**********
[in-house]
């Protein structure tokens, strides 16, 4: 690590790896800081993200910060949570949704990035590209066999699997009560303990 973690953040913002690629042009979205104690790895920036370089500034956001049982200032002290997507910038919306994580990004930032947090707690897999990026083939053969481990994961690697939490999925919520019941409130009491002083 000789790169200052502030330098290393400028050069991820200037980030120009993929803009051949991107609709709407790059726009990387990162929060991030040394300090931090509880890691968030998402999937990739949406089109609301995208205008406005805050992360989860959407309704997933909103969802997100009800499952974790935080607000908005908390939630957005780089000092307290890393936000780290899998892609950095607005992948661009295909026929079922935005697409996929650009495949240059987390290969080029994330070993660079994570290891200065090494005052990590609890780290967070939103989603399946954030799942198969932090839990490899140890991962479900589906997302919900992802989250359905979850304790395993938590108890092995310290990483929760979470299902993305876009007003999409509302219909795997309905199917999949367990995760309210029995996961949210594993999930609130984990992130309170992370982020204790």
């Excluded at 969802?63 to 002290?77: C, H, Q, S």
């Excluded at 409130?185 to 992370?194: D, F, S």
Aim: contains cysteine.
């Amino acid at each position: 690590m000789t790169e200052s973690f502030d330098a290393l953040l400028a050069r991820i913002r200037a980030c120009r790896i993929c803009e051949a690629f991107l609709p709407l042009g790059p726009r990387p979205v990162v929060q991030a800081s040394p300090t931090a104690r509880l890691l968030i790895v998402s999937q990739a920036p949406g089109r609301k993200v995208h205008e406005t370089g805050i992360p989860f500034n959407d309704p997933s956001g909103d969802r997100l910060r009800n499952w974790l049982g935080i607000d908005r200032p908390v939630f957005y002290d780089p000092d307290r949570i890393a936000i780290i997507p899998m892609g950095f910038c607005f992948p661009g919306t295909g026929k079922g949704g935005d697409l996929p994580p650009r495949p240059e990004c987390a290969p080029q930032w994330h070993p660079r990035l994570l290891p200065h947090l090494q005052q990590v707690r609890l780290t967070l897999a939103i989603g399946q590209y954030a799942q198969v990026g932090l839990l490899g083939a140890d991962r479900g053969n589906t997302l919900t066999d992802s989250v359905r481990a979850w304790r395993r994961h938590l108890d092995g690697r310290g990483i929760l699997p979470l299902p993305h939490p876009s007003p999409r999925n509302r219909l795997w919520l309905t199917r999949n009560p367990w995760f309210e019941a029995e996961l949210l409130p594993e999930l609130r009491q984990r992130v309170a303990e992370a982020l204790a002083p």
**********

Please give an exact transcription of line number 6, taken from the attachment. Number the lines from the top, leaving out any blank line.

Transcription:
């Amino acid at each position: 690590m000789t790169e200052s973690f502030d330098a290393l953040l400028a050069r991820i913002r200037a980030c120009r790896i993929c803009e051949a690629f991107l609709p709407l042009g790059p726009r990387p979205v990162v929060q991030a800081s040394p300090t931090a104690r509880l890691l968030i790895v998402s999937q990739a920036p949406g089109r609301k993200v995208h205008e406005t370089g805050i992360p989860f500034n959407d309704p997933s956001g909103d969802r997100l910060r009800n499952w974790l049982g935080i607000d908005r200032p908390v939630f957005y002290d780089p000092d307290r949570i890393a936000i780290i997507p899998m892609g950095f910038c607005f992948p661009g919306t295909g026929k079922g949704g935005d697409l996929p994580p650009r495949p240059e990004c987390a290969p080029q930032w994330h070993p660079r990035l994570l290891p200065h947090l090494q005052q990590v707690r609890l780290t967070l897999a939103i989603g399946q590209y954030a799942q198969v990026g932090l839990l490899g083939a140890d991962r479900g053969n589906t997302l919900t066999d992802s989250v359905r481990a979850w304790r395993r994961h938590l108890d092995g690697r310290g990483i929760l699997p979470l299902p993305h939490p876009s007003p999409r999925n509302r219909l795997w919520l309905t199917r999949n009560p367990w995760f309210e019941a029995e996961l949210l409130p594993e999930l609130r009491q984990r992130v309170a303990e992370a982020l204790a002083p």